5. Clothing. Handed down, freecycled, bought on sale or used, and assigned to the Marshall family's complicated hierarchy of clothing. At the top is church clothing, which is fancy and usually matches the siblings' outfits. Then there are 'town clothes' which we wear out in public, to doctor's appointments, to lessons and co-ops. If they become less-than-perfect, they are re-assigned to everyday clothing. Last are the mud clothes: stained, mended, barely covering our backsides... these are not just for mud, but for painting and other super messy tasks. They are practically disposable.

The hand-me-down hierarchy is just as complicated. Church clothes and town clothes are handed down, everyday clothes go to the garage sale or freecycled, and mud clothes become rags and quilts.

As for 'stuff', I am against it and don't buy it. My kids have no one to impress. The other homeschoolers are just as cheap as I am, and they won't care if my daughter has a brand new Hannah Montana folder or an old file folder with a scribbled out label. They get 'stuff' as presents and from Freecycle, but I refuse to put a line in my budget for it.

Whether you are a public schooler, private schooler, or homeschooler, there are ways to make your stay on our little planet just a little less wasteful. What are you doing for our Earth?

Exes and Hexes


I just need to vent here.

My oldest son, Tyler, is from a previous relationship. He visits his dad and stepmother for a month in the summer every year and comes back with a lot of general information about how I am viewed by my ex and his wife. I like to call it "Melinda Said". As in:

Melinda said you should send me to public school because she went there and turned out okay.

Melinda said you are ripping off companies by ordering freebies. She says it's fraud. (This came after the question, "what is fraud?" and I said, "well, it's when you steal from a company in a sneaky way. Why?")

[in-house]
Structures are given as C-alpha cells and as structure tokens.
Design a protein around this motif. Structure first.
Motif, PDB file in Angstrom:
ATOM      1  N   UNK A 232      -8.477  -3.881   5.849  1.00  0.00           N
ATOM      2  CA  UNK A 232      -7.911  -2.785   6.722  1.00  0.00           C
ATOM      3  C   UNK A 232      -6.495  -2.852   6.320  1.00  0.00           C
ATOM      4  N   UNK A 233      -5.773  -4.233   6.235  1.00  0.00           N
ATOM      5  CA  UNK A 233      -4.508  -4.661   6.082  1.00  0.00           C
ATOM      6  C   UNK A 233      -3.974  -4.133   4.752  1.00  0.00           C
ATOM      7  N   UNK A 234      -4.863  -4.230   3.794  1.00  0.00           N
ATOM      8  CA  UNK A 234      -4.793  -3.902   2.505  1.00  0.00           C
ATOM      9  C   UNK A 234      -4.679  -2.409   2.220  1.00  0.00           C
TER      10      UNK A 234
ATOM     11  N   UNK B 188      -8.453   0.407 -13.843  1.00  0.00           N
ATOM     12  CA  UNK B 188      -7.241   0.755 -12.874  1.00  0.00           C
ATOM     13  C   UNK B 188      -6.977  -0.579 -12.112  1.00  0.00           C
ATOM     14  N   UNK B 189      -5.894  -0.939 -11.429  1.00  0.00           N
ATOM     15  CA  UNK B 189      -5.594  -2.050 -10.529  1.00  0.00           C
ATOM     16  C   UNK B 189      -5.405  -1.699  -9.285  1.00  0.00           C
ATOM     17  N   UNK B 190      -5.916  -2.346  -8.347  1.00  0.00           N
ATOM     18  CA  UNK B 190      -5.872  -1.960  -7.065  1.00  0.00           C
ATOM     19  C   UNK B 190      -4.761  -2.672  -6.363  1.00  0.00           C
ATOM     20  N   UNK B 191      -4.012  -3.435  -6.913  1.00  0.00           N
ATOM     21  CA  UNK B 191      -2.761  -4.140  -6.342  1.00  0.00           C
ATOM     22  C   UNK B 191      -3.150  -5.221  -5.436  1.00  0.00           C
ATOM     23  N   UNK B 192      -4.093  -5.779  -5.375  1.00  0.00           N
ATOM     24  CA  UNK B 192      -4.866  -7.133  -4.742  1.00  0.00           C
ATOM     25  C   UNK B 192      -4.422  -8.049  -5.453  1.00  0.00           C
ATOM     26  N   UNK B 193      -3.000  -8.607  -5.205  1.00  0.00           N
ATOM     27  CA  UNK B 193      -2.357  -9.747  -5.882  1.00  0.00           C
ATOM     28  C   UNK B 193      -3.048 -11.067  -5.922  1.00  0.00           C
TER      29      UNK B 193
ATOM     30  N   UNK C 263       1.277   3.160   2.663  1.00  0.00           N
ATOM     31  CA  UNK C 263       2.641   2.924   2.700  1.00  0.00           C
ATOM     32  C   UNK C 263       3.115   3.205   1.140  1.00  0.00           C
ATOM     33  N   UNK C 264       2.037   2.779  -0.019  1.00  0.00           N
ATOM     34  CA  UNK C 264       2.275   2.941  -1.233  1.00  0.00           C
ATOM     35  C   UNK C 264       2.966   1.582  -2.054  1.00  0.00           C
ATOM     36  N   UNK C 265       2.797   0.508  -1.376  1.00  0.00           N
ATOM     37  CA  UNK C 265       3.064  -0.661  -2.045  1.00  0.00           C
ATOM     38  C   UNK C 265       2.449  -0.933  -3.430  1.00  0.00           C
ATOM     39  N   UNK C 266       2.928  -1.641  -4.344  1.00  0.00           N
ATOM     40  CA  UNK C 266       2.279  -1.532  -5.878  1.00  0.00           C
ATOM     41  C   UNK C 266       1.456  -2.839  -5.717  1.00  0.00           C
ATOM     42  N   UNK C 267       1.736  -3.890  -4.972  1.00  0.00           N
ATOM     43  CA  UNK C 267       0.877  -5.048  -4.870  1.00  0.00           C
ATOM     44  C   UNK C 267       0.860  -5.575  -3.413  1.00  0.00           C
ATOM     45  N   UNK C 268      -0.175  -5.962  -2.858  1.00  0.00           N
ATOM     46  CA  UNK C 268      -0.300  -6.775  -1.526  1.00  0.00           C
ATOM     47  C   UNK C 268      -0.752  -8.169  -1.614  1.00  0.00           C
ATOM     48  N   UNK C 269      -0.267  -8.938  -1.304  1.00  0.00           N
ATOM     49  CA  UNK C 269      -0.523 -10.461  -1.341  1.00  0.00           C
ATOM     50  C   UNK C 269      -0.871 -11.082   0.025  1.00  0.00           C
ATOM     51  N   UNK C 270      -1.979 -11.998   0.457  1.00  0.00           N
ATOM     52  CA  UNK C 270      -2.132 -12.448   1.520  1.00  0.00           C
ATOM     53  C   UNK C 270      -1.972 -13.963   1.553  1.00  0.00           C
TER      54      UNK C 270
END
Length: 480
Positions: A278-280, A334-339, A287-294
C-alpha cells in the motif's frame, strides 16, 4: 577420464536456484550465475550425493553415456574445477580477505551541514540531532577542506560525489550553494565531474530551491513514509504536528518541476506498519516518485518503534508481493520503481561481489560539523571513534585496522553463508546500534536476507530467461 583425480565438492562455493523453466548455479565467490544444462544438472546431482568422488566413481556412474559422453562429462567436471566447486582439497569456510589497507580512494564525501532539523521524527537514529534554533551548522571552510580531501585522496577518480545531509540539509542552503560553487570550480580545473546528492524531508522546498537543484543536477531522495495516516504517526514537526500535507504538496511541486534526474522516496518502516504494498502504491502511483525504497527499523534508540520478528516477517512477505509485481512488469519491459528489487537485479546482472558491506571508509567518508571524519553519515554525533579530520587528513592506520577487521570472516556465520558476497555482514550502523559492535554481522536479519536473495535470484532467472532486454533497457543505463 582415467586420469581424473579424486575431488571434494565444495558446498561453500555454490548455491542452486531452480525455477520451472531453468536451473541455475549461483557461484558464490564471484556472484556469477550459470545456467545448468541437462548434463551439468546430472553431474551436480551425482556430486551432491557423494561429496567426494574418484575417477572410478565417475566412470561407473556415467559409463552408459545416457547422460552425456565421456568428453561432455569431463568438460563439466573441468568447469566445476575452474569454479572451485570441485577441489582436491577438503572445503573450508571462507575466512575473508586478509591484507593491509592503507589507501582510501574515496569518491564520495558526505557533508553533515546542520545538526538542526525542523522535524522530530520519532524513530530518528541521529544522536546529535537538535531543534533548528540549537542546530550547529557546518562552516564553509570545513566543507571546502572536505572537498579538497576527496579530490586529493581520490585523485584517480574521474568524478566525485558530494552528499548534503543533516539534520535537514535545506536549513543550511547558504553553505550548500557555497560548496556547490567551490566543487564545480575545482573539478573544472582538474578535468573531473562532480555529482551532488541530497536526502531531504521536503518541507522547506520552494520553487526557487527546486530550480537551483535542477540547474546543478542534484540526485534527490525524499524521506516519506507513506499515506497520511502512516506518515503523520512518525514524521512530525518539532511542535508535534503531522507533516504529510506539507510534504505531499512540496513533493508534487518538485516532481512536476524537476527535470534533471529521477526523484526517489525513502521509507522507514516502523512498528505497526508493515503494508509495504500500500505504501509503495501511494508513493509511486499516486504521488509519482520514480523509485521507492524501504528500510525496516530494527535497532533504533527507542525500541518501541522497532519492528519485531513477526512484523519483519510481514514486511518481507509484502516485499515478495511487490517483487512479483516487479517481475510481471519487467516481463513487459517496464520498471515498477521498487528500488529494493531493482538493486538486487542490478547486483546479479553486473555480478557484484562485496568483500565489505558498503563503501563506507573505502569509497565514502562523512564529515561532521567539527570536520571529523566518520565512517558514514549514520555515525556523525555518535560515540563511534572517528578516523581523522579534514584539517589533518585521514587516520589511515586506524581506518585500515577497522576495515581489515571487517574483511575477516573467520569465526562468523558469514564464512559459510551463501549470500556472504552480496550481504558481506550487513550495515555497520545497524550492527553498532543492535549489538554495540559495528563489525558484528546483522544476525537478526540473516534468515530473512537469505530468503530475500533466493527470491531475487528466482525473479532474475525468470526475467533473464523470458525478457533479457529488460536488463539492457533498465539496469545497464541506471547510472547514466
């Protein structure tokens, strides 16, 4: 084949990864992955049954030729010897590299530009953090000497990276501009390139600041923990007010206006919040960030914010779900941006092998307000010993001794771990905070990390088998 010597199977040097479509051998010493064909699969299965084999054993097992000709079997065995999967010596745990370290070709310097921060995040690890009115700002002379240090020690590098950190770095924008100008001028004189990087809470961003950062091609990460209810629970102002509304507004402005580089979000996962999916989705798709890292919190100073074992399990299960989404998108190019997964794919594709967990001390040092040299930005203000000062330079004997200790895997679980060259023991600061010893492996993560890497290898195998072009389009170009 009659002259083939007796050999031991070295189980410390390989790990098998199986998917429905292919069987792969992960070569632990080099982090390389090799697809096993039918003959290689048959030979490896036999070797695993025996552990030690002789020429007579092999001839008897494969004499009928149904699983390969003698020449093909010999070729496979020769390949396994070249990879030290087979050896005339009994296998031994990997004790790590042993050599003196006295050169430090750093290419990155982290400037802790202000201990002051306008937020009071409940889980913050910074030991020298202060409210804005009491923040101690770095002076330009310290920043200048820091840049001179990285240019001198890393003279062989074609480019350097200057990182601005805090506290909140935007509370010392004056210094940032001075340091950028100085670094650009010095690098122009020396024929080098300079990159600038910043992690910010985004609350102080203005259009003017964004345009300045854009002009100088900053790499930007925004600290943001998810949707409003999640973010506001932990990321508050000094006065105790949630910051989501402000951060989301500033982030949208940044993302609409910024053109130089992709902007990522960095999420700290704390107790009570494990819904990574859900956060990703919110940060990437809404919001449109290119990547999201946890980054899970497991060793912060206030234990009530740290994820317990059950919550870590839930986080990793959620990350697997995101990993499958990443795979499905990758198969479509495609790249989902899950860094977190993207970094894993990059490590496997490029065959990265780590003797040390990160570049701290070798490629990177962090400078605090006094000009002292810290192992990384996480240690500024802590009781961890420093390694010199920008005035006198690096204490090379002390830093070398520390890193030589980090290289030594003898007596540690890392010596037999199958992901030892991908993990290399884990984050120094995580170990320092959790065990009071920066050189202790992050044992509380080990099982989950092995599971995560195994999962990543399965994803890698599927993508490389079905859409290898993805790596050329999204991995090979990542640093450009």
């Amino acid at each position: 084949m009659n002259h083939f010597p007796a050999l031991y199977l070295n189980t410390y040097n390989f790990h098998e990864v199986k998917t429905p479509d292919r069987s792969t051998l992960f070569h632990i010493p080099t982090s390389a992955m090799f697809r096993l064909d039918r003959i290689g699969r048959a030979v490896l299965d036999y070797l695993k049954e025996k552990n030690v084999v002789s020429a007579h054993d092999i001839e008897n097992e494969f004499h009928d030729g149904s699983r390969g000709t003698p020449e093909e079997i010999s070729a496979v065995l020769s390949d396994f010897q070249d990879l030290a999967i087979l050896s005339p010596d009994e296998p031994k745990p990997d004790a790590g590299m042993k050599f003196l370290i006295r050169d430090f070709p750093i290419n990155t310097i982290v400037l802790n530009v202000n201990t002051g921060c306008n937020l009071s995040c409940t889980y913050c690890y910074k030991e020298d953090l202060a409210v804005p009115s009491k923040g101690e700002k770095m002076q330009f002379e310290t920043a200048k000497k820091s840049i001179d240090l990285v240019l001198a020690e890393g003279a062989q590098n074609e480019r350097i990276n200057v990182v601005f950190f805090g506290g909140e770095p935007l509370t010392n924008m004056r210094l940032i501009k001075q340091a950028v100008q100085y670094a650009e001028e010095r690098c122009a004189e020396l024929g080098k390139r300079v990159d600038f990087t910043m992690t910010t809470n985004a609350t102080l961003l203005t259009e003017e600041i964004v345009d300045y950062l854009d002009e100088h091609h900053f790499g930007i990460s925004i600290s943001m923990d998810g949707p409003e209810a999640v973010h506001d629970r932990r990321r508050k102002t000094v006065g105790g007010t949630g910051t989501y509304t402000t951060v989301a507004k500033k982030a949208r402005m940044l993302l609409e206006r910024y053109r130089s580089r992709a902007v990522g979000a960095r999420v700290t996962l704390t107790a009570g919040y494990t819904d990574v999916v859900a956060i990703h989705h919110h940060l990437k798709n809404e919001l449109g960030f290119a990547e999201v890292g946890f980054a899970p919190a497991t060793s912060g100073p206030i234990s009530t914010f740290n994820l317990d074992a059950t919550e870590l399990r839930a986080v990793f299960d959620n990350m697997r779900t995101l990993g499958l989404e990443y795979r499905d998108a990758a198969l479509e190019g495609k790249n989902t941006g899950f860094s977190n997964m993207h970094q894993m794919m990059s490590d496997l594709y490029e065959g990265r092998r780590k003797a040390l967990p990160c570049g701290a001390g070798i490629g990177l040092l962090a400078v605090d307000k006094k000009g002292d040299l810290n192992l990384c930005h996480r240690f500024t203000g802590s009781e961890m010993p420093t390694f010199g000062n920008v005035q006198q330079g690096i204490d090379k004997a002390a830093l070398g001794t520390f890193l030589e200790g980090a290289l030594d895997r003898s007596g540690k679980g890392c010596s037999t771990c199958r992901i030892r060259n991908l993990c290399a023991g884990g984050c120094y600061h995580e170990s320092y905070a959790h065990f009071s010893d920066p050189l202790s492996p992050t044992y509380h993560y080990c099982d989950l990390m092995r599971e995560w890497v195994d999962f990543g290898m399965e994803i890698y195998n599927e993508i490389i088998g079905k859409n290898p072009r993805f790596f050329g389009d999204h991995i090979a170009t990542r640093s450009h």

Melinda said your house must be a mess with so many kids. (Tyler said he tried not to laugh because I keep a very clean house and he can't get through their living room without tripping four times)

Melinda said you don't feed me healthy food. (At least I feed him at all.)

Melinda said you shop at thrift stores because you are cheap, and that all Jews are cheap. (Melinda's of Arab descent and has a lot of opinions about Jews, Muslims, and the interaction between them.)

Melinda said I don't have enough socks. (I only sent a few pair because he wears flip-flops all summer. And then she bought him a package of socks to prove how dire she felt the situation was . They came home brand new and unworn. Thanks for the socks, guys. He already had about thirty pair, but it's a nice thought.)

And it goes on and on. It's not worth picking a fight over, and it really makes Tyler dislike her. It actually has the opposite effect than what I think Melinda intends, because most of it is obviously untrue. When he tries to argue with her, he gets scolded and told not to talk back. Fair enough; he shouldn't be sassing his stepmother. She's still an adult authority figure.

It's been a good lesson for me, because it makes me realize how easy it is for a well-meaning person to say things to a child that are upsetting. For instance, several years ago I bought some square white dinner plates. I bought them at Macy's for a hefty price (for me), and I was really proud of them. So, the first time I served dinner on them, my stepson informed me that I should have bought black. Why? Because his mom has square black plates.

His mom is one of those people who over-shops at cheap stores. Know what I mean? Some people buy plates once a decade at Macy's; others buy them every year at WalMart. They end up spending about the same. It's a matter of habit and perspective. And I should have said nothing, but I instead said something like: Who wants to eat off black plates? How unappetizing. And they don't even have that stuff at the stores where I shop.